Jennifer Vranes loves landscape textures | ParkRecord.com

Jennifer Vranes loves landscape textures

Oregon-based painter Jennifer Vranes is riding her palette knives to success.

The acrylic painter has been named one of the world's top selling landscape artists by Art Business News and her paintings were recently secured by the U.S. State Department to be placed in the "ART in Embassies" collection in Bamako, Mali.

On Friday, Sept. 23, Vranes will be at Lunds Fine Art, 591 Main St., to not only show some of her new landscape works, but also do a little demonstration, according to Debbie Lund, who along with her husband Allen Lund owns the gallery.

"We are excited to have Jennifer coming to Park City," Debbie Lund told The Park Record. "She is a great artist and has a great personality."

Vranes said she is looking forward to painting in Park City.

"Allen is an artist, which is great, so, I can use all of his paints," Vranes said with a laugh during a phone call from her home in Medford, Oregon. "I will bring my palette knives with me. So, I will probably be sculpting out the textures with big gobs of paint."

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Vranes enjoys sculpting the acrylic pigment on the canvas with palette knives for three reasons.

"First off, it's fun for people to watch because it's so sloppy and messy," she said with a laugh. "People usually gasp when they first see me doing this. I like to scoop out the paint and get dramatic."

Secondly, it's her style.

"To become a successful artist, you need to set your style apart from the zillions of artists out there, so I make my paintings sort of a three-dimensional experience so the viewers can feel and touch, quite literally, the bark of the trees I paint because the paint sticks out from the canvas," she said. "Ninety percent of the painting is done with a palette knife, because that's the only way you can get so much texture onto the canvas."

The third reason is simple — she doesn't like to use brushes.

"Brushes tend to blend the paints, and I don't want to blend," she said. "I scoop up many colors on my palette knife and when I apply them to the canvas, they maintain their individual colors."

Vranes' journey to landscape and tree paintings started when she was a senior in high school.

"Although I always drew, I never took a lot of art classes because we didn't have a strong program, and I was also busy with student government and all my electives were usually taken up," she said. "It wasn't until my senior homeroom teacher, who was an art teacher, noticed my doodling."

Vranes ended up taking Art I.

"The teacher was so awesome that when I got to college at Brigham Young University, I ended up switching my major from English to art, and I felt like I had to play catch-up to all of these amazing artists from Utah," she said.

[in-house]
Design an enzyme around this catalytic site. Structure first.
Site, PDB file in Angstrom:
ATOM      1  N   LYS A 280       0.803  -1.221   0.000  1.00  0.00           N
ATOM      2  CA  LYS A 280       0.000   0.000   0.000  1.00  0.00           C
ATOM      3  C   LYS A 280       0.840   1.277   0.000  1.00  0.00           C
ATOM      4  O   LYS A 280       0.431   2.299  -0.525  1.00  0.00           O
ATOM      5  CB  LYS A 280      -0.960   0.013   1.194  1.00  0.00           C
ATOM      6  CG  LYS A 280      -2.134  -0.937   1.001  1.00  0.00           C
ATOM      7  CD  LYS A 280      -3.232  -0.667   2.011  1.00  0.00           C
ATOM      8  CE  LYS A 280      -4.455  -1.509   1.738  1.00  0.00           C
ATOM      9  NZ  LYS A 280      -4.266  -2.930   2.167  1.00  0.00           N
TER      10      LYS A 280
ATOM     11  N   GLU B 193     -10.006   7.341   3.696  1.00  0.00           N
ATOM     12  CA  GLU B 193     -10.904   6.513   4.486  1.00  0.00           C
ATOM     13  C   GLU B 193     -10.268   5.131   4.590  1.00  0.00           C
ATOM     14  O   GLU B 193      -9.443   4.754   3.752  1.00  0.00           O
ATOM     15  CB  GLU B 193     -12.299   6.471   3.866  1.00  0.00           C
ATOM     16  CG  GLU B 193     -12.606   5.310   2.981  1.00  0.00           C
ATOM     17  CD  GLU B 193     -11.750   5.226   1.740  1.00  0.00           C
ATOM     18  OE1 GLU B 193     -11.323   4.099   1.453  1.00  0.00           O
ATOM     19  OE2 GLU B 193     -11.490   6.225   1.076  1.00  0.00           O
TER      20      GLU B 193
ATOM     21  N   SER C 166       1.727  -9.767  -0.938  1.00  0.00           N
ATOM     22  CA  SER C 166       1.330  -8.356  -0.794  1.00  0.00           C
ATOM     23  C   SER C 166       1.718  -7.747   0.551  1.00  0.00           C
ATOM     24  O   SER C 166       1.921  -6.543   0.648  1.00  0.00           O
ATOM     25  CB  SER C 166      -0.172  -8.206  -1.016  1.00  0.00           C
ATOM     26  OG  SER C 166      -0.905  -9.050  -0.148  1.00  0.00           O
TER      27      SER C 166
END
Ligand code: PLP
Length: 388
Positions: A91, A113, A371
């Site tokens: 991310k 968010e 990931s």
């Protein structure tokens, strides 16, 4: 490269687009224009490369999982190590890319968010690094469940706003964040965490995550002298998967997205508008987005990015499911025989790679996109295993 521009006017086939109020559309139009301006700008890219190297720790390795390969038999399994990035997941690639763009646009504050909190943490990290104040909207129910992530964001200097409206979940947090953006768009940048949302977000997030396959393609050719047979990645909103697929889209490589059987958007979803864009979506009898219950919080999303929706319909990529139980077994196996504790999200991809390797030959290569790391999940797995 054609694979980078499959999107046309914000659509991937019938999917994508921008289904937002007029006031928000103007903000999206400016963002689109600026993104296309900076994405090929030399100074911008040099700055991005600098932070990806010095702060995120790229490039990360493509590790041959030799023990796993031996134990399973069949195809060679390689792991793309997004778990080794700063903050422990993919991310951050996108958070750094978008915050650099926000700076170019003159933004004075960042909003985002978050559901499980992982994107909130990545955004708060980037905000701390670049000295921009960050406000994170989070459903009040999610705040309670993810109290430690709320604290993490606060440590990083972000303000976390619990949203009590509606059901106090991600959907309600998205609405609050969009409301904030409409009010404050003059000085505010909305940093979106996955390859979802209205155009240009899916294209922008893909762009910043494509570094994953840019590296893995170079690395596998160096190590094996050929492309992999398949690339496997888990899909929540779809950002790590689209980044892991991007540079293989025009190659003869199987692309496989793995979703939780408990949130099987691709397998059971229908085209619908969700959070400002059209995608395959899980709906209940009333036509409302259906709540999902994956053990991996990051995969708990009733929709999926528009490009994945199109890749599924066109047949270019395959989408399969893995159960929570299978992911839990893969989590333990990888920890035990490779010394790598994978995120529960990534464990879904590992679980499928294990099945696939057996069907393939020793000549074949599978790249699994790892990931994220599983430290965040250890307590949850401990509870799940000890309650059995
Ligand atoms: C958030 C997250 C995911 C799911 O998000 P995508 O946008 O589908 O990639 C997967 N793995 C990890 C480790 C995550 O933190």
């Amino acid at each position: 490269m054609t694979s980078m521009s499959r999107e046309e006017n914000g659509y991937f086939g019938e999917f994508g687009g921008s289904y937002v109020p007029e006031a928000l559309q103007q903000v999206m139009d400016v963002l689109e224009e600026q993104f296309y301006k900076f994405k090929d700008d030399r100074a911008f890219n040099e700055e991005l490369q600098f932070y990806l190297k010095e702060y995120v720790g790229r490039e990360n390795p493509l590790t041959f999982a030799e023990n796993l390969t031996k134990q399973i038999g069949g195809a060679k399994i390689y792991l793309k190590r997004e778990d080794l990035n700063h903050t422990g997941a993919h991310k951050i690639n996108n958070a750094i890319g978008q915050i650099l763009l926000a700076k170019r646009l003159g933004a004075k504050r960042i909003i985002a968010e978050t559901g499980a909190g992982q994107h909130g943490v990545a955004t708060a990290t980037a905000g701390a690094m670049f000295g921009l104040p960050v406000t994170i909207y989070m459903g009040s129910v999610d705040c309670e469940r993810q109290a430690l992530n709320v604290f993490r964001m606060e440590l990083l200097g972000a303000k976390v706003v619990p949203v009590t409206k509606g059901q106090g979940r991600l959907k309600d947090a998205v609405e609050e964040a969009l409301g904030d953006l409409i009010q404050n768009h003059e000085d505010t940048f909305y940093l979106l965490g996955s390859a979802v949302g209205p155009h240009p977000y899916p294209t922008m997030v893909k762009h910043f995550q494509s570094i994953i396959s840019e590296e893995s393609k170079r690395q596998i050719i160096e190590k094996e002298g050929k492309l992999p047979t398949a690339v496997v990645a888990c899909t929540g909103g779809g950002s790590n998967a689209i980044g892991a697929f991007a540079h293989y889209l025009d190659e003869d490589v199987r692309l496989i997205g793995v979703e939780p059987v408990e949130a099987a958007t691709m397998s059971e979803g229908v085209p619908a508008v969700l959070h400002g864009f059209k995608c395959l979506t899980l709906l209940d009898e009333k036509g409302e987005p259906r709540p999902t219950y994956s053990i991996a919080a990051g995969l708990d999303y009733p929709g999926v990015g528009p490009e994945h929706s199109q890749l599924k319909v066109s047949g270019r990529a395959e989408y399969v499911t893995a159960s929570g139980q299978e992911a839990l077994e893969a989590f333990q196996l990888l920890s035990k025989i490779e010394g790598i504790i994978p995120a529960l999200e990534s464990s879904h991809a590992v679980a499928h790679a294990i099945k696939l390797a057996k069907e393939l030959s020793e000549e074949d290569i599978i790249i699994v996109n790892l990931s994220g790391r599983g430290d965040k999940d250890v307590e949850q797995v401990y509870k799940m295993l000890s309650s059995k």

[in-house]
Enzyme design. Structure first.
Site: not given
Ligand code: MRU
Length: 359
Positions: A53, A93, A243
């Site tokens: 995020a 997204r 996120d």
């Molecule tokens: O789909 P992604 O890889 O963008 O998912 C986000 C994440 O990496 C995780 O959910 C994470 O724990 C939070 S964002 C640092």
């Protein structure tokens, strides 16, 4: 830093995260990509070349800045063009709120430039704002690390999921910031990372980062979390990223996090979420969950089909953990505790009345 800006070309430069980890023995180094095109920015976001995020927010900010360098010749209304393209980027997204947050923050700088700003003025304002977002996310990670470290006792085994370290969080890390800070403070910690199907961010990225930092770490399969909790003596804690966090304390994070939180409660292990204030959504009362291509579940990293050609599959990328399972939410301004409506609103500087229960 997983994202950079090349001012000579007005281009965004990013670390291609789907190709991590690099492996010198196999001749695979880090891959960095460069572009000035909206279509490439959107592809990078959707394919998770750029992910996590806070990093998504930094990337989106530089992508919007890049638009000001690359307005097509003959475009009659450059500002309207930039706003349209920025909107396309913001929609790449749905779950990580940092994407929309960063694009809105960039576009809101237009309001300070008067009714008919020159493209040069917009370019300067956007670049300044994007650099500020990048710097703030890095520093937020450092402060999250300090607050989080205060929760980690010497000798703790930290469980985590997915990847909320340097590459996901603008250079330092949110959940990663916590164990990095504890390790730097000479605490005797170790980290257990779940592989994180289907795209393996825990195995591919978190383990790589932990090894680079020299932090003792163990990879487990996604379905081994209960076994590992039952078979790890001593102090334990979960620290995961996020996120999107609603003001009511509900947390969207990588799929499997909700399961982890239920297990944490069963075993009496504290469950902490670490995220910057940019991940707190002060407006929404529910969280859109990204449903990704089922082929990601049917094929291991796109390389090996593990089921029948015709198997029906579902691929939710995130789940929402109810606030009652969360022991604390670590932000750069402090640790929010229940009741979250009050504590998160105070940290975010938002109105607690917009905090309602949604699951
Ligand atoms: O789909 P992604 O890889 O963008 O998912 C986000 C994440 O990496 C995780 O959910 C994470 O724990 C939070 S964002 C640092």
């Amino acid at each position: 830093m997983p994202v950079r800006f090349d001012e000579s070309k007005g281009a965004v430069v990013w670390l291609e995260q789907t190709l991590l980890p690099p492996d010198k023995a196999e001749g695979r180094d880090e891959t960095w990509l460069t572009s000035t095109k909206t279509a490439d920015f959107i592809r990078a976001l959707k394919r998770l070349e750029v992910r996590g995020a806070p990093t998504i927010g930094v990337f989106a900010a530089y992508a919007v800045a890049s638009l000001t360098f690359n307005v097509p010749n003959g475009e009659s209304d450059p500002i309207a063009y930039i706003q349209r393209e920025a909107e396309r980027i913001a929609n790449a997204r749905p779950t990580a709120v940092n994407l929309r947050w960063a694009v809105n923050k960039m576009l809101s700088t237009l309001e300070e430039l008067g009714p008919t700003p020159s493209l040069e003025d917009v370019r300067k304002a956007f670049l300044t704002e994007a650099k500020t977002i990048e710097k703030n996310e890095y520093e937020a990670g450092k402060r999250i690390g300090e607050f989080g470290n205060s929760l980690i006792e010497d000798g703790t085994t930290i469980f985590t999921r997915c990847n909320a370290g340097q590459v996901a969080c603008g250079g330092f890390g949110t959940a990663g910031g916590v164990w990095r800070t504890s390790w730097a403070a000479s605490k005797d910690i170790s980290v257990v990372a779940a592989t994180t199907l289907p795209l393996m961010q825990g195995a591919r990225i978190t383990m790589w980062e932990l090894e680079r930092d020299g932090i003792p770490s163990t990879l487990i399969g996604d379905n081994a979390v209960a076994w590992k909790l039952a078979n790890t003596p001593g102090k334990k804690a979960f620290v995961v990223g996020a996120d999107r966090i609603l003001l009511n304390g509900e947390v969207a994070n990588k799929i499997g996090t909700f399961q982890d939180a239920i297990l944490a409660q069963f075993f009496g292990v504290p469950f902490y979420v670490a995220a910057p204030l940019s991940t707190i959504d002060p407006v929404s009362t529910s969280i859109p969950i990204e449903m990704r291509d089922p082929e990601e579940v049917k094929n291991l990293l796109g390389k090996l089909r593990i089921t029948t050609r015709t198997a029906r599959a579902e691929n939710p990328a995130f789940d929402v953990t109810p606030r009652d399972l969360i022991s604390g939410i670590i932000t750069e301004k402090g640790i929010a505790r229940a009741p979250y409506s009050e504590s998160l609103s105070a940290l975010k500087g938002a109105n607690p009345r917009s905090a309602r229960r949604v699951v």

The professors at the beginning would always question why Vranes wanted to major in art.

"It was because my art was so rough, but by the end of the class, they would tell me that I progressed more than anyone they have seen," she said with a giggle.

Vranes got her degree in portrait painting and started her career painting people.

"I think that's hilarious because I don't do that anymore," she said. "It was tough to sell someone else's portraits to people who weren't their family members."

To figure out what she wanted to do with her art, she moved to San Francisco and joined the art guild there and did weekend shows.

"I asked every tourist that came by what kind of art they were attracted to and everyone, without fail, said they loved color and texture," Vranes said. "That's when I went, 'Ohh, I liked texture, too,' and would recognize that the paintings I was attracted to had the thickest textures whenever I went to a show or gallery."

So, the artist started to add texture and landscape to her works and loved it from the get-go.

"My first landscape ever was a poppy field and it was so liberating to put a poppy in wherever I wanted," Vranes said. "It was so much fun, that I kept asking myself why I didn't start this sooner."

Once she started painting landscapes, Vranes knew she would have to visit the real landscapes that inspired her works.

"I needed to see them with my own eyes so I could paint them better," she said. "That's when the trips to Italy and France came in so I could see how the lavender fields grew."

All the while, the texture of the acrylics got a little thicker every year.

"It just seemed the right thing for me to do," Vranes said.

The painter said she is so happy that her paintings bring joy to her clients, but also said she does get burned out because she's a workaholic.

"That's the challenge I face a lot," she said. "I work a little too much. I mean, it's like 3 or 4 in the morning and I'm still working."

So, to help with her burnout, Vranes has to consciously remember to take breaks.

"My husband is good at getting me to take a break," she said. "He'll tell me to watch a show with him, it doesn't matter, even football, and he'll rub my neck."

Vranes' busy seasons are winter and summer.

"I found that I can take some time off during the other months and not feel guilty, but even then, I'm usually gearing up for the busy seasons," she said.

Landscape painter Jennifer Vranes will be at Lunds Fine Art, 591 Main St., on Friday, Sept. 23. For more information, visit http://www.lundsfineart.gallery. For more information about Jennifer Vranes, visit http://www.jensart.com.

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